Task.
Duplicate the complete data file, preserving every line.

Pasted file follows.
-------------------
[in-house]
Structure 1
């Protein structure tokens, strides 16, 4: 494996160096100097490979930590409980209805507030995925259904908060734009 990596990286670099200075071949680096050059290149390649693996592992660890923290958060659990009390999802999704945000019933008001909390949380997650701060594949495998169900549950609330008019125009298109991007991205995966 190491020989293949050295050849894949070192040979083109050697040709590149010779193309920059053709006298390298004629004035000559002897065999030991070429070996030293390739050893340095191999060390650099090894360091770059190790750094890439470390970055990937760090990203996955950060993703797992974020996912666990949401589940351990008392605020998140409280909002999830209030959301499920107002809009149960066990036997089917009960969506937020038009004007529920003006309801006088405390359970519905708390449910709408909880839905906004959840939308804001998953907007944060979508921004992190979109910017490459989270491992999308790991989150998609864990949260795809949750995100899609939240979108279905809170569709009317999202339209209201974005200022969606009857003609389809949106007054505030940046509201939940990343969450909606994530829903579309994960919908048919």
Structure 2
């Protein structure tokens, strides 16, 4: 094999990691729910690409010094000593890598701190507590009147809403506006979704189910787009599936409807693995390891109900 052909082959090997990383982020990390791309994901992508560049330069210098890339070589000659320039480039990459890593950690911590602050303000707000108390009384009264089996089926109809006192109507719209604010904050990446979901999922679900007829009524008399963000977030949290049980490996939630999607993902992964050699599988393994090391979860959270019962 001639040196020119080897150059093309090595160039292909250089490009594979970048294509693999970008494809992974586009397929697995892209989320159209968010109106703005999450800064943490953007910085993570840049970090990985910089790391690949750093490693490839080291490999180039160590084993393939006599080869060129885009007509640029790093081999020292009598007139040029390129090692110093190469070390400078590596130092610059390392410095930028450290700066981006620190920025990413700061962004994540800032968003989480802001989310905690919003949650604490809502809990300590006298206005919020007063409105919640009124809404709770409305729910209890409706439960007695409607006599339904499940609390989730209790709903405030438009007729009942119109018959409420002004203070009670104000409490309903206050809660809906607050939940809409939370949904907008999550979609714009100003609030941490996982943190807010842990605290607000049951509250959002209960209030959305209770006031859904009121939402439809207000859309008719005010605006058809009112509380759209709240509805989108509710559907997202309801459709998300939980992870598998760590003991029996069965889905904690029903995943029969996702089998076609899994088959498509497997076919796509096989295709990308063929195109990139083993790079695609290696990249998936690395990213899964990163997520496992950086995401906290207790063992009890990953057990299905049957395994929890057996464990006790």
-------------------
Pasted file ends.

[in-house]
Structure 1
């Protein structure tokens, strides 16, 4: 494996160096100097490979930590409980209805507030995925259904908060734009 990596990286670099200075071949680096050059290149390649693996592992660890923290958060659990009390999802999704945000019933008001909390949380997650701060594949495998169900549950609330008019125009298109991007991205995966 190491020989293949050295050849894949070192040979083109050697040709590149010779193309920059053709006298390298004629004035000559002897065999030991070429070996030293390739050893340095191999060390650099090894360091770059190790750094890439470390970055990937760090990203996955950060993703797992974020996912666990949401589940351990008392605020998140409280909002999830209030959301499920107002809009149960066990036997089917009960969506937020038009004007529920003006309801006088405390359970519905708390449910709408909880839905906004959840939308804001998953907007944060979508921004992190979109910017490459989270491992999308790991989150998609864990949260795809949750995100899609939240979108279905809170569709009317999202339209209201974005200022969606009857003609389809949106007054505030940046509201939940990343969450909606994530829903579309994960919908048919």
Structure 2
């Protein structure tokens, strides 16, 4: 094999990691729910690409010094000593890598701190507590009147809403506006979704189910787009599936409807693995390891109900 052909082959090997990383982020990390791309994901992508560049330069210098890339070589000659320039480039990459890593950690911590602050303000707000108390009384009264089996089926109809006192109507719209604010904050990446979901999922679900007829009524008399963000977030949290049980490996939630999607993902992964050699599988393994090391979860959270019962 001639040196020119080897150059093309090595160039292909250089490009594979970048294509693999970008494809992974586009397929697995892209989320159209968010109106703005999450800064943490953007910085993570840049970090990985910089790391690949750093490693490839080291490999180039160590084993393939006599080869060129885009007509640029790093081999020292009598007139040029390129090692110093190469070390400078590596130092610059390392410095930028450290700066981006620190920025990413700061962004994540800032968003989480802001989310905690919003949650604490809502809990300590006298206005919020007063409105919640009124809404709770409305729910209890409706439960007695409607006599339904499940609390989730209790709903405030438009007729009942119109018959409420002004203070009670104000409490309903206050809660809906607050939940809409939370949904907008999550979609714009100003609030941490996982943190807010842990605290607000049951509250959002209960209030959305209770006031859904009121939402439809207000859309008719005010605006058809009112509380759209709240509805989108509710559907997202309801459709998300939980992870598998760590003991029996069965889905904690029903995943029969996702089998076609899994088959498509497997076919796509096989295709990308063929195109990139083993790079695609290696990249998936690395990213899964990163997520496992950086995401906290207790063992009890990953057990299905049957395994929890057996464990006790």